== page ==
Antigua and Barbuda is one of the Caribbean’s most prosperous nations, thanks to its tourism industry and offshore financial services. The country’s strength lies in its tropical climate and good beaches, which have made it popular as a stop-off point for US cruise ships and have attracted large investments in infrastructure. Antigua is the main population centre and the focus for business and tourism. Relatively-undeveloped Barbuda is home to smaller, exclusive resorts and a sanctuary for frigate birds. But a reliance on tourism makes the nation vulnerable to downturns in the world market. Internet gambling sites based in the country are an alternative source of revenue. However, Antigua and the US have been locked in a trade dispute over American restrictions on online gaming. For decades Antigua and Barbuda’s politics was dominated by the Bird family, with Vere Bird being the country’s prime minister from independence in 1981 until 1994, when he was succeeded by his son, Lester, who spent a decade in office. Underlying this stability was a succession of scandals, including allegations of corruption. The Bird family was also accused of abuse of authority. Antigua and Barbuda, once described by the US as a centre for money laundering, was recognised by an international task force in 2001 as being “fully cooperative” in the fight against the activity. In 2009, the country’s economy – and the reputation of its financial regulatory system – was rocked by news that its single biggest investor, Texan billionaire Allen Stanford, had been charged with massive fraud by the US authorities.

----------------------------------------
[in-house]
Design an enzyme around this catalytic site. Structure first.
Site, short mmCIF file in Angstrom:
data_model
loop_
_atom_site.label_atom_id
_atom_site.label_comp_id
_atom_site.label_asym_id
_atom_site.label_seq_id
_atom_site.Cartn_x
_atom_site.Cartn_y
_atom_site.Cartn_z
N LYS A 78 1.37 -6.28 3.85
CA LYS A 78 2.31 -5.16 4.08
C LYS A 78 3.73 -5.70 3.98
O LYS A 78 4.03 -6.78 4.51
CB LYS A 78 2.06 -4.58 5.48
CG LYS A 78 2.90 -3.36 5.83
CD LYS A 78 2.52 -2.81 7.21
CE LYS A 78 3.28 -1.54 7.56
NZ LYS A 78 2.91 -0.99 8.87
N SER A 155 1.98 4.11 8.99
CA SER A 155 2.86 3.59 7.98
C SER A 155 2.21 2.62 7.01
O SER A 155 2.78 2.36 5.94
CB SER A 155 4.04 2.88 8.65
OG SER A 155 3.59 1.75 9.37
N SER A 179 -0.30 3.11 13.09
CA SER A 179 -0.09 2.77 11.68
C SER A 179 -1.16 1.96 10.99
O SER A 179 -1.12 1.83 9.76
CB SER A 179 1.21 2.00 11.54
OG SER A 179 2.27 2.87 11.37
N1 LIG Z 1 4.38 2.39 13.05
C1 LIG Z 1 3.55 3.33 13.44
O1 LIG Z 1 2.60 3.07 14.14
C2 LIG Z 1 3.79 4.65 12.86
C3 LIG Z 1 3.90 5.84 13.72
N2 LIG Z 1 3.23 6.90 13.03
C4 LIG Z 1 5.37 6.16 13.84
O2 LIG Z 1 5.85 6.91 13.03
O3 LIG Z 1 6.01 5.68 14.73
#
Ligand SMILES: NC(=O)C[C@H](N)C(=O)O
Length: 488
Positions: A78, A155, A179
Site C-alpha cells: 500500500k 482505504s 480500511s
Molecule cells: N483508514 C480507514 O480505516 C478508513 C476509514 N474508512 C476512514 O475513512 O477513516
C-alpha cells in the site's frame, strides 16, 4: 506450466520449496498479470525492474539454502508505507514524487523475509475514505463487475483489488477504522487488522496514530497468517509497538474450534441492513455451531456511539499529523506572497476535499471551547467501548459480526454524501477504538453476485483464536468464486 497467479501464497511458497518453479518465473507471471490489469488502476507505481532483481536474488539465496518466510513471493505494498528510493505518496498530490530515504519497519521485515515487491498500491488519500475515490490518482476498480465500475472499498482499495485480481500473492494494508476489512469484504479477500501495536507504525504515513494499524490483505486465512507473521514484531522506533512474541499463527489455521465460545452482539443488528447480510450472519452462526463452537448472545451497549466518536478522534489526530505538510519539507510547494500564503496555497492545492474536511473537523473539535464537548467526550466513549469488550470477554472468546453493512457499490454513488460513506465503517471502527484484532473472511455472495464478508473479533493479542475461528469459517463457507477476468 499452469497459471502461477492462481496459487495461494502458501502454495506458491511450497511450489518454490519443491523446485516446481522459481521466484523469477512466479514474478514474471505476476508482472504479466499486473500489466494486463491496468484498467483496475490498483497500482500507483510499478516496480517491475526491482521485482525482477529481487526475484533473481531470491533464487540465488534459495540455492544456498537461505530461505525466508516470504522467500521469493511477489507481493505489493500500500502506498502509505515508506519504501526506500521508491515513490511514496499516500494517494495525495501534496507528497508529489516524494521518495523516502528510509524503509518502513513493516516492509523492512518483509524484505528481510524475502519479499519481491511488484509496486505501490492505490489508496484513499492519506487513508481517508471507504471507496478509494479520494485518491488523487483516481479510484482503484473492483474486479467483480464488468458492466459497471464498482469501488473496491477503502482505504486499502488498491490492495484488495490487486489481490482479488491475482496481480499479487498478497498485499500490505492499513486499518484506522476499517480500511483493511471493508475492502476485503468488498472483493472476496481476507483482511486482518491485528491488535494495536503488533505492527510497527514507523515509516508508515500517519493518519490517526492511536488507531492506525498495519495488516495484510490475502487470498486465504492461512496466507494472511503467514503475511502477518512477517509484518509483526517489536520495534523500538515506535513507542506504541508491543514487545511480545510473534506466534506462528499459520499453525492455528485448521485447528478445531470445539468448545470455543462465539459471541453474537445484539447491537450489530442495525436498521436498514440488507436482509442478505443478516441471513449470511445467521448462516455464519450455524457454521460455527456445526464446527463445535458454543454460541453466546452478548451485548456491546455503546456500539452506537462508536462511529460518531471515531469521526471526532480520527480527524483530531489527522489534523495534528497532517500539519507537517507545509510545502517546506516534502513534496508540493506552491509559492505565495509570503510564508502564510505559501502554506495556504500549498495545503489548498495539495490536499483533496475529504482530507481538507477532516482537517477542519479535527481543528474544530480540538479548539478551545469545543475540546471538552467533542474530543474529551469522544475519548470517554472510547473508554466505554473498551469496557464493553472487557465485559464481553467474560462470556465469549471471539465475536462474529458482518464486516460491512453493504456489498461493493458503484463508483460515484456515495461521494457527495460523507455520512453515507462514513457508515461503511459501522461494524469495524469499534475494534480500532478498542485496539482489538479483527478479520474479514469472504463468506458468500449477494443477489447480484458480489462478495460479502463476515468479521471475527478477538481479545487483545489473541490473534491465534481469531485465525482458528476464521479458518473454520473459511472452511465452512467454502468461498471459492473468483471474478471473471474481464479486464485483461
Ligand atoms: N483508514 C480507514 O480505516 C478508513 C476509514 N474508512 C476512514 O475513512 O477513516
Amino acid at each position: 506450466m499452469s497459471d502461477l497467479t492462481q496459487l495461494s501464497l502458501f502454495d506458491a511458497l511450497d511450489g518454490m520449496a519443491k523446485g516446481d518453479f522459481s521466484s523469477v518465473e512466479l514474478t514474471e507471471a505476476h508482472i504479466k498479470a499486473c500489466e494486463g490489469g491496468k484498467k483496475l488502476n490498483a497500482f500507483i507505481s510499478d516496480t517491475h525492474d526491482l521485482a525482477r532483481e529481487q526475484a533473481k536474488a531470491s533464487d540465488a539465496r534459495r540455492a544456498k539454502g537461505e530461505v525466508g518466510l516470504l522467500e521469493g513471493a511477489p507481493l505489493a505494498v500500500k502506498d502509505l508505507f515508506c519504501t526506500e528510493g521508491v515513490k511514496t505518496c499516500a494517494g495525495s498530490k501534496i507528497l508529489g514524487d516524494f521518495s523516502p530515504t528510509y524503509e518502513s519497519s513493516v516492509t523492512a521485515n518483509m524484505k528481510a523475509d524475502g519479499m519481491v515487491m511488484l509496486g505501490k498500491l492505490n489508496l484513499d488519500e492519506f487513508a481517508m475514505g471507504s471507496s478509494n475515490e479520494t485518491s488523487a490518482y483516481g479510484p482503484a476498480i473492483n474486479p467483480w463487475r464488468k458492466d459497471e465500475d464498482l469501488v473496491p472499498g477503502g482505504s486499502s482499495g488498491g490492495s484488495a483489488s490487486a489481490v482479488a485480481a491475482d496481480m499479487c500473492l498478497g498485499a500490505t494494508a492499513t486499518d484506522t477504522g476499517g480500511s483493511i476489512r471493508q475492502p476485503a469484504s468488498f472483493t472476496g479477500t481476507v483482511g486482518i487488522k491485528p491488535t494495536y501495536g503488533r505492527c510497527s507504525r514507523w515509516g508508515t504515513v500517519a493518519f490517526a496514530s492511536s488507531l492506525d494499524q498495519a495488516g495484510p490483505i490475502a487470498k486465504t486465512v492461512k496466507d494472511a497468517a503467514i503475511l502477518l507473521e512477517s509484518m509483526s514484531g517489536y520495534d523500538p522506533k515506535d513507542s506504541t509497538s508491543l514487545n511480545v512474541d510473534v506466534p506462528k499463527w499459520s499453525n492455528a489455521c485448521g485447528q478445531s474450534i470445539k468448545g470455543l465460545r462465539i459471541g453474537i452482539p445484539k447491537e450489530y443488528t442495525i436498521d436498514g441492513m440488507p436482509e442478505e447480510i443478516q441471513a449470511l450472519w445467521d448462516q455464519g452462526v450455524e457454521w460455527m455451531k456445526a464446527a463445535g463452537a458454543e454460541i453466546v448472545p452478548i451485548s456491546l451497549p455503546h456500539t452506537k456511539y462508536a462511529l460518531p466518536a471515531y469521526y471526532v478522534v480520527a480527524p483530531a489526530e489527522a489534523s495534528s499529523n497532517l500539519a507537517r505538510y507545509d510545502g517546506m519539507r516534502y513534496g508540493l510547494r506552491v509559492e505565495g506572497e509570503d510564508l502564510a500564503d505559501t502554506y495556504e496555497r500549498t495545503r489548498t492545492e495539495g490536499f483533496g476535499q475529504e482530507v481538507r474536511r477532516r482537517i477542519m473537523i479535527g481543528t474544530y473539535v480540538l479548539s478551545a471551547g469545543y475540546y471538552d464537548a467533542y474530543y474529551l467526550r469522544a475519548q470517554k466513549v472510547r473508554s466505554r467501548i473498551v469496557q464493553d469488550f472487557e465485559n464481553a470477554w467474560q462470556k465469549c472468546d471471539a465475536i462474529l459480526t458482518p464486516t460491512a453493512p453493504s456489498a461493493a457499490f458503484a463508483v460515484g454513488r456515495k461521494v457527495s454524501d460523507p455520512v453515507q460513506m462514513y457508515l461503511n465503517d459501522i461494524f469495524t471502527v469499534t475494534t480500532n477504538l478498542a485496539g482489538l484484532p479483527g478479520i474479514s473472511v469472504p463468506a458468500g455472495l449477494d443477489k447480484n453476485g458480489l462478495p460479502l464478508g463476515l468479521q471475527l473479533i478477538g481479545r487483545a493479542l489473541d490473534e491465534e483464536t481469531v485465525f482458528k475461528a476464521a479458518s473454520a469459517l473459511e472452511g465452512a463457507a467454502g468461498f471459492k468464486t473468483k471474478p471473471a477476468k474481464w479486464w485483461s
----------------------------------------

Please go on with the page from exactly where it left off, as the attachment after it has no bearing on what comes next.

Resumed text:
- Full name: Antigua and Barbuda
- Population: 88,710 (World Bank, 2010)
- Capital: St John’s
- Area: 442 sq km (170 sq miles)
- Major language: English
- Major religion: Christianity
- Life expectancy: n/a
- Monetary unit: 1 East Caribbean dollar = 100 cents
- Exports: Garments, paint, furniture, bedding
- GNI per capita: US $10,590 (World Bank, 2010)
Antigua and Barbuda INVESTMENT VISA
Citizenship by Investment in Antigua and Barbuda
The citizenship by investment programme for Antigua and Barbuda provides a second passport to investors offering visa-free travel to over 100 countries including the UK, EU Schengen zone and Canada. There are several options for investment to gaining citizenship in Antigua. Investors can choose to contribute $200,000 to the Antigua National Development Fund, they can invest $1.5m in establishing a business or the most popular option, to invest $400,000 in a government approved real estate project. There are fees and taxes to pay in addition. Applicants must be of outstanding character, in good health and with no criminal record. There is no requirement for an interview for the Antigua citizenship programme and in fact there is no need to travel to the country to complete the application. There is a requirement to reside in Antigua for a minimum period of 35 days during the first five years when the investment must be maintained.
- Children and dependents up to age 25 can be included (subject to restrictions)
- Investment of $400,000 in real estate ($200,000 into development fund or $1.5m in business)
- Dependent parents over age 65 can be included
- Visa free travel to over 100 countries
- Applicant fee $30,000, Spouse $5,000, Children $2,500.
- Government processing fees of $50,000 per person (under 18, $25,000)
- Due diligence fees per person: $7,500, $2,000 children, $4,000 age 18-25
- No tax on worldwide income